Years be­fore Car­roll Shelby deal tit aV 8, the AC Ace was a six-pot Brit with brio

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Six-pot AC Co­bra pre­cur­sor

CAR­ROLL Shelby once said of his most fa­mous cre­ation, the AC Co­bra: “You can’t make a silk purse out of a sow’s ear – but you can make a mighty fast pig.” The fact is that Shelby had started with a silk purse, in the at­trac­tive, well-built and beau­ti­fully bal­anced AC Ace.

AC Cars traces its his­tory to 1901, when Lon­don en­gi­neer John Weller es­tab­lished a work­shop to pro­duce cars and com­po­nents. Au­to­car & Ac­ces­sories Ltd had its first suc­cess in 1904 with a three­wheeled de­liv­ery ve­hi­cle called the Au­to­car­rier; the firm was re­named Au­to­car­ri­ers Lim­ited in 1907, and AC Cars in 1921.

By 1928, with mo­tor­sport suc­cesses, its own en­gines and seven mod­els, AC Cars was one of Bri­tain’s largest car mak­ers. A year later, it went into vol­un­tary liq­ui­da­tion. Then, un­der new own­er­ship, it opened a show­room on Lon­don’s swanky Park Lane. By the turn of the 1950s, with out­dated mod­els, its rep­u­ta­tion was on the ropes again.

All that changed with the AC Ace in 1953. A year or two ear­lier, rac­ing car con­struc­tor John To­jeiro had seen Fer­rari’s Tour­ing-bod­ied 166MM Barchetta and built him­self an al­loy-bod­ied, lad­der-chas­sis replica racer, us­ing a 1.5-litre MG en­gine and var­i­ous Cooper me­chan­i­cals. To­jeiro sold pro­duc­tion rights to AC Cars, which re­vised the body­work and fit­ted its own age­ing, 63kw 2.0-litre six-cylin­der to create the Ace. A year later, the very pretty road­ster was joined by a sim­i­larly el­e­gant hard­top, dubbed the Aceca (pro­nounced “a-see-ka”).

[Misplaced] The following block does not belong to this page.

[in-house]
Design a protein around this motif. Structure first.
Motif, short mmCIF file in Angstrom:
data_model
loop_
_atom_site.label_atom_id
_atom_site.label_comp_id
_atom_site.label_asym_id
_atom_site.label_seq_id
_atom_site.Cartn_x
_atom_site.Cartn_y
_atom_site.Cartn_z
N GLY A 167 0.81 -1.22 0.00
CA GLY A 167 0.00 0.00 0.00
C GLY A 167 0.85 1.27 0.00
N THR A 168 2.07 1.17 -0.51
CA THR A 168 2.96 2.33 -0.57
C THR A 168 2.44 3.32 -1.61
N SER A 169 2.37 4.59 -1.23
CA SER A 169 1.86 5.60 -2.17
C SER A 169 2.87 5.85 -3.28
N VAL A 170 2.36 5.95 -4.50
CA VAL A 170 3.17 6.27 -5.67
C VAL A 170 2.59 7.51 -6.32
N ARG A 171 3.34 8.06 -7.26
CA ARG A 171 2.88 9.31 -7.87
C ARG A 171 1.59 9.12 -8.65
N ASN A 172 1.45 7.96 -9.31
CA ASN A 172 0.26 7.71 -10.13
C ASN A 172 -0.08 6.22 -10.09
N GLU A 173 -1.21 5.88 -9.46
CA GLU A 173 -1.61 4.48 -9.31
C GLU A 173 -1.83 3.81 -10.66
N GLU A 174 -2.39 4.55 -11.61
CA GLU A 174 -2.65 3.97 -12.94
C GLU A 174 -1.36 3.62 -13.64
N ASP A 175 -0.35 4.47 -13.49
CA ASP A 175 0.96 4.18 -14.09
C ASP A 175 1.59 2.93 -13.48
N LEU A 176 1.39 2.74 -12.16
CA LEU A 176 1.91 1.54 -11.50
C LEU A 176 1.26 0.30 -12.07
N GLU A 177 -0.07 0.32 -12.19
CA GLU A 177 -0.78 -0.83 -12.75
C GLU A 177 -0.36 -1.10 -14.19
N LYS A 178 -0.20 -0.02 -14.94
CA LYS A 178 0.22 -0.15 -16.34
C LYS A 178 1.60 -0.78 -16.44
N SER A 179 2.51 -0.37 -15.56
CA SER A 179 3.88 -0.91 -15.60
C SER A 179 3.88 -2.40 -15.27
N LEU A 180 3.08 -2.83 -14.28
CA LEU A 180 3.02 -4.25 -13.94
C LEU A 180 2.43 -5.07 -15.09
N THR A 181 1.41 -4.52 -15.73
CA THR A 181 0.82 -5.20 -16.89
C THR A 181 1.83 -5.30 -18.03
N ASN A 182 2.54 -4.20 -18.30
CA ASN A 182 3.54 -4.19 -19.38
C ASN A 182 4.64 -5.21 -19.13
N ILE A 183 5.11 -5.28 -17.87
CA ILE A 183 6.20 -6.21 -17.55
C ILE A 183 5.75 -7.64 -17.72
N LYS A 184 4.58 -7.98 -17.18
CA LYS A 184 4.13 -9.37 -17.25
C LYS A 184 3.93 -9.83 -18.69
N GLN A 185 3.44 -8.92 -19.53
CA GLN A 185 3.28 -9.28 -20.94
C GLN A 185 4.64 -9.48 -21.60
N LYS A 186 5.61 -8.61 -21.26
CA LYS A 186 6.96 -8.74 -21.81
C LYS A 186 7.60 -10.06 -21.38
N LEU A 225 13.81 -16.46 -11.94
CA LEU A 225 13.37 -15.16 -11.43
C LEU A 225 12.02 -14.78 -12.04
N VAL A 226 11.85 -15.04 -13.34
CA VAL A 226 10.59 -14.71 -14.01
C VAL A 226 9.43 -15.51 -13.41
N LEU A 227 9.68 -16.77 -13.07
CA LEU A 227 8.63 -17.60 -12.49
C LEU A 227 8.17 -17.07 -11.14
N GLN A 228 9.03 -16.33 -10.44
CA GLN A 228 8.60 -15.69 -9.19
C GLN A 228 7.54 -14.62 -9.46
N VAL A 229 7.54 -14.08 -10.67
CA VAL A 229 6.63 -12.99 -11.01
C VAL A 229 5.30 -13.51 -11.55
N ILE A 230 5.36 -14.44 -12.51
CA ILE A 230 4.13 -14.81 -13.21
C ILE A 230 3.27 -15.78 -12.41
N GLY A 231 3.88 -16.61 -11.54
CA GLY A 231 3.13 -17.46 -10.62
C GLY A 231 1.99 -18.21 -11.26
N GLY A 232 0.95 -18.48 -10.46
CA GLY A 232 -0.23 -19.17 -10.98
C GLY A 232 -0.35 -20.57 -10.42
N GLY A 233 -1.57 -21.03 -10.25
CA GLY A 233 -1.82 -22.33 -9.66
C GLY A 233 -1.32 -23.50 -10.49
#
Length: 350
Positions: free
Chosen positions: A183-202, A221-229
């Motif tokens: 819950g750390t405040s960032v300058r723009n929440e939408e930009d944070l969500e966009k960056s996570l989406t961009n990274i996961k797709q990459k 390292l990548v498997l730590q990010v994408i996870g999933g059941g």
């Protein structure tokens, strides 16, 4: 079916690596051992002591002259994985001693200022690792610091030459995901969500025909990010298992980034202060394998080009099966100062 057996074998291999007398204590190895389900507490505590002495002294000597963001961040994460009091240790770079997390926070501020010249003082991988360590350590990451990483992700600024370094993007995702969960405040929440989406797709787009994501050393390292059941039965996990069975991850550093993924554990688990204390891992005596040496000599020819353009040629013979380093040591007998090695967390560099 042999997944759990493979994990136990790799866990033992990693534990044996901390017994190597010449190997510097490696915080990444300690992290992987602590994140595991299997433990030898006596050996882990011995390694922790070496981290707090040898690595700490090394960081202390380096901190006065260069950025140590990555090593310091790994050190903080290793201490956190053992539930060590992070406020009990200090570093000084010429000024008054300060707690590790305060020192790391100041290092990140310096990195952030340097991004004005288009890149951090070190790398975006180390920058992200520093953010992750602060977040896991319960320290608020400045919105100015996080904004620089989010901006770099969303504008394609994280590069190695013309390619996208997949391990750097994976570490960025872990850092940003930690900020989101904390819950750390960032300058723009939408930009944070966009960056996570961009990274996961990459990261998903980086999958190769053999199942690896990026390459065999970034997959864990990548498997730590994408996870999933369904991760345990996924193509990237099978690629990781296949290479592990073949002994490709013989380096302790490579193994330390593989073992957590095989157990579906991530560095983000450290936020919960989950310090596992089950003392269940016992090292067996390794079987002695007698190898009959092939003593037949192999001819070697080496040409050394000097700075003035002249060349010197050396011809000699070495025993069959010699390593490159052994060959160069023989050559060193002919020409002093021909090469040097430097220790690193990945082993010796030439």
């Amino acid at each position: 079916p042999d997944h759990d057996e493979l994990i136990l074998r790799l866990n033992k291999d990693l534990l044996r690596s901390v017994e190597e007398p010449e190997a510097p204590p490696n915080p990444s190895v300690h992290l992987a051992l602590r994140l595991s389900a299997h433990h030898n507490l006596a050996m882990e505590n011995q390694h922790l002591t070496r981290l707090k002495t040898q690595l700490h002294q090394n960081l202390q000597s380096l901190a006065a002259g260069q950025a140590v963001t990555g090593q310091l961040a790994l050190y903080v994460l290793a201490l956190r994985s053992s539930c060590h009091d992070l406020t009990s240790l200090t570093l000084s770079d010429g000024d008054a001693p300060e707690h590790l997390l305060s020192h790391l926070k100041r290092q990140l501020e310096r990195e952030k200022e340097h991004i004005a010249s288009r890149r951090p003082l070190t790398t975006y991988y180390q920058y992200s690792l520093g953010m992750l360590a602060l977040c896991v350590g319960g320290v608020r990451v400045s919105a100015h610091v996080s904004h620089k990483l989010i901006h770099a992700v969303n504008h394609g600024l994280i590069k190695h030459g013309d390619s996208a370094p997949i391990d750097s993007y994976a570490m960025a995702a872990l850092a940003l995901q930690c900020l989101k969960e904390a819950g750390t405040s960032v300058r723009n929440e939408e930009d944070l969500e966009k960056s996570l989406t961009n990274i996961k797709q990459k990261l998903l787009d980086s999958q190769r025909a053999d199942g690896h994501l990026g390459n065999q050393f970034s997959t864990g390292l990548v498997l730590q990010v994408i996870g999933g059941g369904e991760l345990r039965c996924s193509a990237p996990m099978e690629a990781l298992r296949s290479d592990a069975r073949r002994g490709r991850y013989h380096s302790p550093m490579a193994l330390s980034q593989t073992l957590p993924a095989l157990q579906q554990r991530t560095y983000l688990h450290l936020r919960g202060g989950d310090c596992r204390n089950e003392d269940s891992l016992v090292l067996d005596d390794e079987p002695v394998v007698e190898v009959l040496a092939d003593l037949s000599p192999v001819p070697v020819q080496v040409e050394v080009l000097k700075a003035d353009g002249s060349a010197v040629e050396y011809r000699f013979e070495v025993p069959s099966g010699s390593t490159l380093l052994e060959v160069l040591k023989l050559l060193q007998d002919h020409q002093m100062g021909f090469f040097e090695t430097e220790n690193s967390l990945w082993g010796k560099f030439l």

The Ace’s ini­tially lack­lus­tre per­for­mance from the AC en­gine stepped up in 1956 with a more modern 90kw, 2.0 litre Bris­tol six­cylin­der, de­rived from BMW’S pre-war M328. When Bris­tol axed this en­gine in 1961, AC turned to tuner (and en­thu­si­as­tic Ace racer, Ken Rudd), whose Rud­dspeed busi­ness pro­vided mod­i­fied 2.6-litre Ford Ze­phyr units, good for up to 127kw. These 2.6-litre cars were iden­ti­fi­able with a lower bon­net line and smaller grille. Only 37 2.6-litre cars were pro­duced (to 1963) – as by that time, even the Rud­dspeed six was be­ing made to look puny by a lanky Amer­i­can in­ter­loper.

In Septem­ber of 1961, AC Cars had been con­tacted by a cer­tain Texan chicken farmer turned rac­ing driver, with the no­tion of a Euro­peanamer­i­can hy­brid sports car. Af­ter just 689 AC Aces (of all six-cylin­der en­gine types) had been built, Shelby’s scheme to mate im­port-duty-free rolling chas­sis from AC with Ford’s freshly-minted, ini­tially 3.6-litre (221ci) small-block V8 would write a whole new chap­ter for the AC Ace – and in sports car his­tory.

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